¶39 Accordingly, Appellant's conviction is AFFIRMED.

JOHNSON, V.P.J., and STRUBHAR, J., concur.

CHAPEL, J., dissents.

LANE J., not participating.

Footnotes:

1 Although Appellant was tried separately for the crime of robbery, the facts indicate he accomplished the deed with the help of another person, who drove the car while Appellant took a purse. The record does not state, but apparently the trial court determined the appropriate punishment stemmed from 21 O.S. 1981 § 800 [21-800], dictating the punishment to be not less than five nor more than fifty years in circumstances where two people act together to commit the crime. Here, however, the instructions to the jury related the punishment as not less than five years with no 50-year cap instead of the normal punishment of not less than ten years, under § 798. In any event, Appellant does not raise error in instructions; and here, any error was not fundamental, as he received the minimum punishment.

2 Specifically, Art. II, § 7, guaranteeing individuals the right to Due Process; and Art. II, § 20, guaranteeing every person arrested has the right to be heard by himself and counsel.

3 Specifically, he cites 22 O.S. 1981 § 181 [22-181], which reads: "The defendant must, in all cases, be taken before the magistrate without unnecessary delay."

4 As discussed below, there is a difference between having a probable cause hearing and simply appearing before a magistrate to be advised of rights, appoint an attorney, and otherwise begin the formal criminal process. Thus, in the statutory violation, caselaw clearly states the burden to show prejudice is on the appellant; while in a constitutional violation, the State must show beyond a reasonable doubt the error did not contribute to the conviction. Here, as Appellant alleges a Fourth Amendment violation, we will use the higher standard in our analysis to determine if error occurred.

5 In Pugh, the complaint was framed as a class action suit under 42 U.S.C. § 1983, a section of the Civil Rights Act of 1871, which allows a private action for violation of federal rights. Id. at 107 n. 5, 95 S. Ct. at 859 n. 5. Likewise, McLaughlin was brought as a class action suit under the same provision. Id. 500 U.S. at ___, 111 S. Ct. 1661 at 1665, 114 L. Ed. 2d at 57. Appellant is citing the cases not in a civil context, but for the authority his Fourth Amendment rights were violated. He implicitly argues that, because his Fourth Amendment rights were violated, the Exclusionary Rule is applicable as a remedy. It is in this context we analyze his complaint.

6 The purpose of a probable cause hearing is to determine whether a detention is legal. Until such determination is made, one cannot know whether the detention is illegal. Under such reasoning, if it were determined the detention was reasonable, one could argue the determination would have a retroactive effect on evidence gathered before the hearing. As discussion elsewhere indicates, we do not believe this is the proper rationale. We want to make it clear there are two different issues here: whether Appellant was afforded a probable cause hearing, and whether he was brought before a magistrate on an initial appearance and advised of his rights. There is language in Pugh that some states combine the two procedures, and the Supreme Court seems to equate the two as one for purposes of discussion. Therefore, we discuss both aspects together.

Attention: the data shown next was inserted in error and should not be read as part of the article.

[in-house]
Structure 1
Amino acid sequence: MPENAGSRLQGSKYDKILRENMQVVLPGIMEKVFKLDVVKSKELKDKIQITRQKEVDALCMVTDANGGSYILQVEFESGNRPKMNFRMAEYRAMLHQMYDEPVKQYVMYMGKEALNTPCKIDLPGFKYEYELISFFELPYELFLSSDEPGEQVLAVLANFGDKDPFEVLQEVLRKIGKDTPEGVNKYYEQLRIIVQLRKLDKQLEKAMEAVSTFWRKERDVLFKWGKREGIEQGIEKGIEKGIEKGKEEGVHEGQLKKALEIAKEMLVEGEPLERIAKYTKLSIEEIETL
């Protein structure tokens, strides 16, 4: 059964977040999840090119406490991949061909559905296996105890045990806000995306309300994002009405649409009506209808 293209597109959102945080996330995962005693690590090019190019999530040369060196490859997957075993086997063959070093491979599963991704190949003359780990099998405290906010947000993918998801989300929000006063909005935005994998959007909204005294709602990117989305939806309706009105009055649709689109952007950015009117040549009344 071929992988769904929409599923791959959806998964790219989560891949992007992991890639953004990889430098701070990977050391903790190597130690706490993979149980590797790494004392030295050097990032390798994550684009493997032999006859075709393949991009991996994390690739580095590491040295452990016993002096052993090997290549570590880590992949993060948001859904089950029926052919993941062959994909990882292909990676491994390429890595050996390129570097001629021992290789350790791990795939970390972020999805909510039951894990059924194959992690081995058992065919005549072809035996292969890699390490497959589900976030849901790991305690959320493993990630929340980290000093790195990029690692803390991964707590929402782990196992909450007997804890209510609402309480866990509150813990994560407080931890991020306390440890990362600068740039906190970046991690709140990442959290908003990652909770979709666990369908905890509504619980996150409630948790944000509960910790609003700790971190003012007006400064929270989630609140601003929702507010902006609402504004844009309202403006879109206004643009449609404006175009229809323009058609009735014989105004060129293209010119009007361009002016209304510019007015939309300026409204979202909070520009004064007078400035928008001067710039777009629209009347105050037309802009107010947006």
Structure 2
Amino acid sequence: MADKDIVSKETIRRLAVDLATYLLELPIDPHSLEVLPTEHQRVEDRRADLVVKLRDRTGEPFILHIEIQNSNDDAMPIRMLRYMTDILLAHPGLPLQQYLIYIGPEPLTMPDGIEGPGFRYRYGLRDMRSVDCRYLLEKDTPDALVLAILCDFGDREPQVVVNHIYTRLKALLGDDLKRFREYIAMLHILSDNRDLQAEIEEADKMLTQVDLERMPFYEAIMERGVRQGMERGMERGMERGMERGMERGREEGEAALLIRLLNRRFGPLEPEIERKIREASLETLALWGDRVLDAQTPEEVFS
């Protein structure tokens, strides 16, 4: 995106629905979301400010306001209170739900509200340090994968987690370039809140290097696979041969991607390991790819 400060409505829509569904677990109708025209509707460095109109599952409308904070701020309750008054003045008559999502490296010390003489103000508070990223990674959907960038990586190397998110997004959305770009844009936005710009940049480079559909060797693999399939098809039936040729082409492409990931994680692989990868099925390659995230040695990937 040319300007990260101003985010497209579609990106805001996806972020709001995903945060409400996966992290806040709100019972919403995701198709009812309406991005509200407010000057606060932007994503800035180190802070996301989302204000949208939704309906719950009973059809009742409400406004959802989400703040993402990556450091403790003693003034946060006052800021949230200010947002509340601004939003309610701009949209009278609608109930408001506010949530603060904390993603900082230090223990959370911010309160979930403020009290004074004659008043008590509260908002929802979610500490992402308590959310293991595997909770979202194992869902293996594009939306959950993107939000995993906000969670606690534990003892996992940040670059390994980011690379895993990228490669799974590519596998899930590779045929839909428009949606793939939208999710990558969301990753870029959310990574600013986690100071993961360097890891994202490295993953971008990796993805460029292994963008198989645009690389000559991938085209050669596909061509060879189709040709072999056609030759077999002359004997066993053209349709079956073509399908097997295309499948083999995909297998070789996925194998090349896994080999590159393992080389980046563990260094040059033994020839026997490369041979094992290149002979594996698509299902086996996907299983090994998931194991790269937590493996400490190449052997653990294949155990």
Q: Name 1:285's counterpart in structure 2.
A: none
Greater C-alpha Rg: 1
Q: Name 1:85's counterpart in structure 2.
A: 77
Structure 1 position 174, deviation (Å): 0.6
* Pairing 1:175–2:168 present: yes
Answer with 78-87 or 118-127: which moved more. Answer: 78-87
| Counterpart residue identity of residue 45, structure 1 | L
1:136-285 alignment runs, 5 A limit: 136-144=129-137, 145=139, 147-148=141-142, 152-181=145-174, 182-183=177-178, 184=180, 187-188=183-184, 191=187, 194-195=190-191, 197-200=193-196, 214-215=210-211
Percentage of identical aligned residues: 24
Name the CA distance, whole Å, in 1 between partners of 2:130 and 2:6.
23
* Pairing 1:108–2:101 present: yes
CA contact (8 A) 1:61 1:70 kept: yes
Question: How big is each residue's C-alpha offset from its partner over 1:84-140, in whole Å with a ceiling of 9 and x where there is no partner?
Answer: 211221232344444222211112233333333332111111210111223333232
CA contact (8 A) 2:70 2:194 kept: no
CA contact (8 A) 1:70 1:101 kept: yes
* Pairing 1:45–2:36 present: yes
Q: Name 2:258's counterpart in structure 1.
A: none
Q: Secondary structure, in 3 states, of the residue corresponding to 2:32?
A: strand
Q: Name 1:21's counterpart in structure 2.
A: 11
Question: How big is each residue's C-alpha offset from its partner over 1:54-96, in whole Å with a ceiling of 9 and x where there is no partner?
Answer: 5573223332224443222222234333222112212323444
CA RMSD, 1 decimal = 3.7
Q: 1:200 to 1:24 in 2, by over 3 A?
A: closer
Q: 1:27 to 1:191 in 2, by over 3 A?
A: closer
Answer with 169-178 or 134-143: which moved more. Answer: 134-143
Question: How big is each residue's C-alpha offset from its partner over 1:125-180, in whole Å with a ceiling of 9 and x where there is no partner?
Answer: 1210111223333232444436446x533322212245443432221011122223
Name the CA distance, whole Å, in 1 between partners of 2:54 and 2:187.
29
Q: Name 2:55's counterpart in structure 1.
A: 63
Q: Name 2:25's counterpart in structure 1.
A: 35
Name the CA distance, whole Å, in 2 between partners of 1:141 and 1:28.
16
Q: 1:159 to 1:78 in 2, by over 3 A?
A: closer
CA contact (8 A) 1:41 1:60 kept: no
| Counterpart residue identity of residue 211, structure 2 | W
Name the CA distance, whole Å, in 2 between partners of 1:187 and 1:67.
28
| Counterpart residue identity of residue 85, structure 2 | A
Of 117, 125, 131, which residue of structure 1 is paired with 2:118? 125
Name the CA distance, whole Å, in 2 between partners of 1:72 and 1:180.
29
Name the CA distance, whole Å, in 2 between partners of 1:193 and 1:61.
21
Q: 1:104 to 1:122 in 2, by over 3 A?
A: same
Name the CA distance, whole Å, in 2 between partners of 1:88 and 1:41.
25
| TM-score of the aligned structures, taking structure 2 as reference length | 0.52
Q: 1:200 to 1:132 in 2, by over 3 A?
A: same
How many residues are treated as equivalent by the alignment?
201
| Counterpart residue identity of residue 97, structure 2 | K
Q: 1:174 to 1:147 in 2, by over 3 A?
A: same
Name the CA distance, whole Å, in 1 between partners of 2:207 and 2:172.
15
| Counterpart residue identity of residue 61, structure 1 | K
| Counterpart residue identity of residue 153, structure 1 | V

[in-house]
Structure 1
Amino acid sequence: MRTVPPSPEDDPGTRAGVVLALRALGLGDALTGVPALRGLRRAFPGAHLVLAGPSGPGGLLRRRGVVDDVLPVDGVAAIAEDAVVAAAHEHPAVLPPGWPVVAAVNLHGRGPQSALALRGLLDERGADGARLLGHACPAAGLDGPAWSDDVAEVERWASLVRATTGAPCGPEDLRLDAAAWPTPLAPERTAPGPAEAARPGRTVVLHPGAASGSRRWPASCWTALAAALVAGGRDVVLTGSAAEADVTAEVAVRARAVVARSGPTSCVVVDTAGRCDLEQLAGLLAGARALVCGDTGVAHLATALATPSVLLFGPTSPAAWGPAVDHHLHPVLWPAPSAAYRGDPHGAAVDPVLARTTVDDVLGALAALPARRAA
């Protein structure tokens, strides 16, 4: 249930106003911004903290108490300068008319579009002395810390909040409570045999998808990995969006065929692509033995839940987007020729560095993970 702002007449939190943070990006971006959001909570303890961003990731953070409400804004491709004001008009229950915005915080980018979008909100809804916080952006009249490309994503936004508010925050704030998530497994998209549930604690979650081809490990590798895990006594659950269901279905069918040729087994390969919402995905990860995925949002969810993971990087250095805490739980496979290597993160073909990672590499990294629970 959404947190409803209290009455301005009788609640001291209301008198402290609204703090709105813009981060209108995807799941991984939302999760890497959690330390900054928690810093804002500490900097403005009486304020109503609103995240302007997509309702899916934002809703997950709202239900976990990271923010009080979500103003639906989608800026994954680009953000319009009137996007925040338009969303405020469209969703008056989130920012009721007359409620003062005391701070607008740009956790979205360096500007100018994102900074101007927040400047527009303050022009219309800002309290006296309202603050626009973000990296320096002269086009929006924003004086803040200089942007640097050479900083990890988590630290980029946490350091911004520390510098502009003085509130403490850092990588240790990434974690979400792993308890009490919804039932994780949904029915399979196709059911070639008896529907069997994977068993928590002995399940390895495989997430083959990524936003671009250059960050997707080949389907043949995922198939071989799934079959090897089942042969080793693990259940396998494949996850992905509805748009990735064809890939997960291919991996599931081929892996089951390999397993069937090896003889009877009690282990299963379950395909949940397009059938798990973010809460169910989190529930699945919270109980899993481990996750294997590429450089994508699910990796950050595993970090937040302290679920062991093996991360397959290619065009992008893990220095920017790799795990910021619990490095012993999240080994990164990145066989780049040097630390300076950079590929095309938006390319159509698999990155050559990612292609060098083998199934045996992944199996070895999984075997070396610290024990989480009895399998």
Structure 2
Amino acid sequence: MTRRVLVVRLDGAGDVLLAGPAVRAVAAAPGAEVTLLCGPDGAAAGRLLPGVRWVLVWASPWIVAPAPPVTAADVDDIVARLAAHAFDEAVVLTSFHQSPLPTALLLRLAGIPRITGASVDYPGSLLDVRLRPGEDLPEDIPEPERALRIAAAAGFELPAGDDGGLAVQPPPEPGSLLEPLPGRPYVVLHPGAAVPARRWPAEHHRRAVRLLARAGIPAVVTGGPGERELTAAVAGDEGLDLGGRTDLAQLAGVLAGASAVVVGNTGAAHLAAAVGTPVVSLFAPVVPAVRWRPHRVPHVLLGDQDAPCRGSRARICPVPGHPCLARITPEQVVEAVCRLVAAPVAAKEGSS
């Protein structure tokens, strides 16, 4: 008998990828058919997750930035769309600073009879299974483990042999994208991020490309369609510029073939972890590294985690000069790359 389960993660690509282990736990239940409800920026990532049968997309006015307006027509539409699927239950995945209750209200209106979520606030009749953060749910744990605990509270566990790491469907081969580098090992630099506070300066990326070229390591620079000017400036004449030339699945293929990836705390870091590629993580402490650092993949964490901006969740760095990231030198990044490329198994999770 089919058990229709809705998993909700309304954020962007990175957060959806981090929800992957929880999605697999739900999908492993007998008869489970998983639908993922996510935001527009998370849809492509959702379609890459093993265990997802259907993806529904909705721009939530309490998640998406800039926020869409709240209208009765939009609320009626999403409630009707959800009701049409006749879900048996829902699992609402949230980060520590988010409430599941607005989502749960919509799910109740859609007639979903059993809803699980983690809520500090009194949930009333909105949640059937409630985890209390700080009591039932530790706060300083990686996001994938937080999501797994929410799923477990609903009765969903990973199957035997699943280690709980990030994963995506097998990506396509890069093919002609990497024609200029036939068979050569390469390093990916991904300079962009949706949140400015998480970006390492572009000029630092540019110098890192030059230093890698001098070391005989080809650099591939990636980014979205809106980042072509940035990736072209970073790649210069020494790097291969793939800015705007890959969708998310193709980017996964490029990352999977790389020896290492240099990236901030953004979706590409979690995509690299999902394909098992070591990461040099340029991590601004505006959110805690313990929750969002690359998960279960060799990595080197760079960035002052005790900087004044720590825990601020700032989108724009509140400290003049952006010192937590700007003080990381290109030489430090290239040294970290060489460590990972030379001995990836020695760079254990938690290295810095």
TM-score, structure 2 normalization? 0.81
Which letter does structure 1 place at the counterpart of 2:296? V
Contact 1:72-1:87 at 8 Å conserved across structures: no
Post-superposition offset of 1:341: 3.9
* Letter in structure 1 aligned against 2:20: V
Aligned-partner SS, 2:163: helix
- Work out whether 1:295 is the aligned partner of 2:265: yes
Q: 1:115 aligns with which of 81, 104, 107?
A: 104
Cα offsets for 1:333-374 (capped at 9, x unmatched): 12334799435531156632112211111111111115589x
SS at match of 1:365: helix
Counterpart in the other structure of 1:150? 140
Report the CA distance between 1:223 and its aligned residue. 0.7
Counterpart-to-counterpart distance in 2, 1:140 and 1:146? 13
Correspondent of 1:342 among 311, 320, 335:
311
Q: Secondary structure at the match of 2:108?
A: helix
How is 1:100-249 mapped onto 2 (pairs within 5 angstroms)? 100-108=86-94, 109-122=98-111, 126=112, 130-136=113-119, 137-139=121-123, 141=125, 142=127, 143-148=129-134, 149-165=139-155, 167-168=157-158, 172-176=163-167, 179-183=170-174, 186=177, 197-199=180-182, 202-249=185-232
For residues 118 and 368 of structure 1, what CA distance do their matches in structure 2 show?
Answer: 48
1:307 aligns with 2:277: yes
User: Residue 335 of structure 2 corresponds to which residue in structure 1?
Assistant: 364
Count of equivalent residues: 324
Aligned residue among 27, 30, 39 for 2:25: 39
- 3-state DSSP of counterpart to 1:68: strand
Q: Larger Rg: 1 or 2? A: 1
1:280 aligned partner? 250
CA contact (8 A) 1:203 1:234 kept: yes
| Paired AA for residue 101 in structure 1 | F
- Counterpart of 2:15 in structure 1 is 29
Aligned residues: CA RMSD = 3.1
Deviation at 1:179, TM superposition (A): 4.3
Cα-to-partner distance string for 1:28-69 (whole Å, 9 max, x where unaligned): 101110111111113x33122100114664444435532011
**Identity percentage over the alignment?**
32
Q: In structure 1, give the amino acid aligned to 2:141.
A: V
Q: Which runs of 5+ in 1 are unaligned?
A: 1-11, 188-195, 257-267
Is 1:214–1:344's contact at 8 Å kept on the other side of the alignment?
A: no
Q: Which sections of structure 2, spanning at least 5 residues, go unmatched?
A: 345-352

7 The State argues on appeal a sort of inverse "inevitable discovery" proposition, saying that they could have obtained the evidence within the 48 hours, and therefore the evidence was admissible. That is like saying police could have obtained a warrant, and therefore the fact they did not cures any error. We do not deem this an acceptable argument under the circumstances of this case.

We do not deem it necessary to prescribe specific rules governing this probable cause hearing at this time; nor do we need to address how Pugh and McLaughlin affect 22 O.S. 1991, §§ 251 [22-251] -276 [22-276]. These statutes, most of which have been in effect since statehood, essentially codify the requirement and procedure to be used for a probable cause hearing. We note several prosecutors in the state prepare a document virtually identical to an affidavit for a warrant of arrest, which is submitted to a magistrate, who uses it to make a determination of probable cause. By utilizing this procedure, these districts have resolved the 48-hour requirement mandated by McLaughlin. As the Supreme Court has observed, the hearing need not be an adversary one. Pugh, 420 U.S. at 120, 95 S. Ct. at 866. Therefore, this procedure, combined with the 22 O.S. 1991, §§ 251 [22-251] -276 [22-276] hearing, afford a criminal defendant an even higher degree of protection than that mandated by the Fourth Amendment.

8 Appellant spends a great deal of time citing to the preliminary hearing or suppression hearing transcripts. The question here does not deal with a suppression hearing, but whether evidence gained from Appellant's seizure and presented to the jury was harmless error. In Chapman v. California, 386 U.S. 18, 87 S. Ct. 824, 17 L. Ed. 2d 705 (1967), the Supreme Court addressed the question when a constitutional error can be harmless:

We prefer the approach of this Court in deciding what was harmless error in our recent case of Fahy v. Connecticut, 375 U.S. 85 [84 S. Ct. 229, 11 L. Ed. 2d 171]. There we said: "The question is whether there is a reasonable possibility that the evidence complained of might have contributed to the conviction.' Id., at 86-87 [84 S. Ct. at 230]. Although our prior cases have indicated that there are some constitutional rights so basic to a fair trial that their infraction can never be treated as harmless error, this statement in Fahy itself belies any belief that all trial errors which violate the Constitution automatically call for reversal. At the same time, however, like the federal harmless-error statute, it emphasizes an intention not to treat as harmless those constitutional errors that `affect substantial rights' of a party. An error in admitting plainly relevant evidence which possibly influenced the jury adversely to a litigant cannot, under Fahy [v. Connecticut, 375 U.S. 85, 84 S. Ct. 229, 11 L. Ed. 2d 171 (1963)], be conceived of as harmless. Certainly error, constitutional error, in illegally admitting highly prejudicial evidence or comments, casts on someone other than the person prejudiced by it a burden to show that it was harmless. It is for that reason that the original common-law harmless-error rule put the burden on the beneficiary of the error either to prove that there was no injury or to suffer a reversal of his erroneously obtained judgment.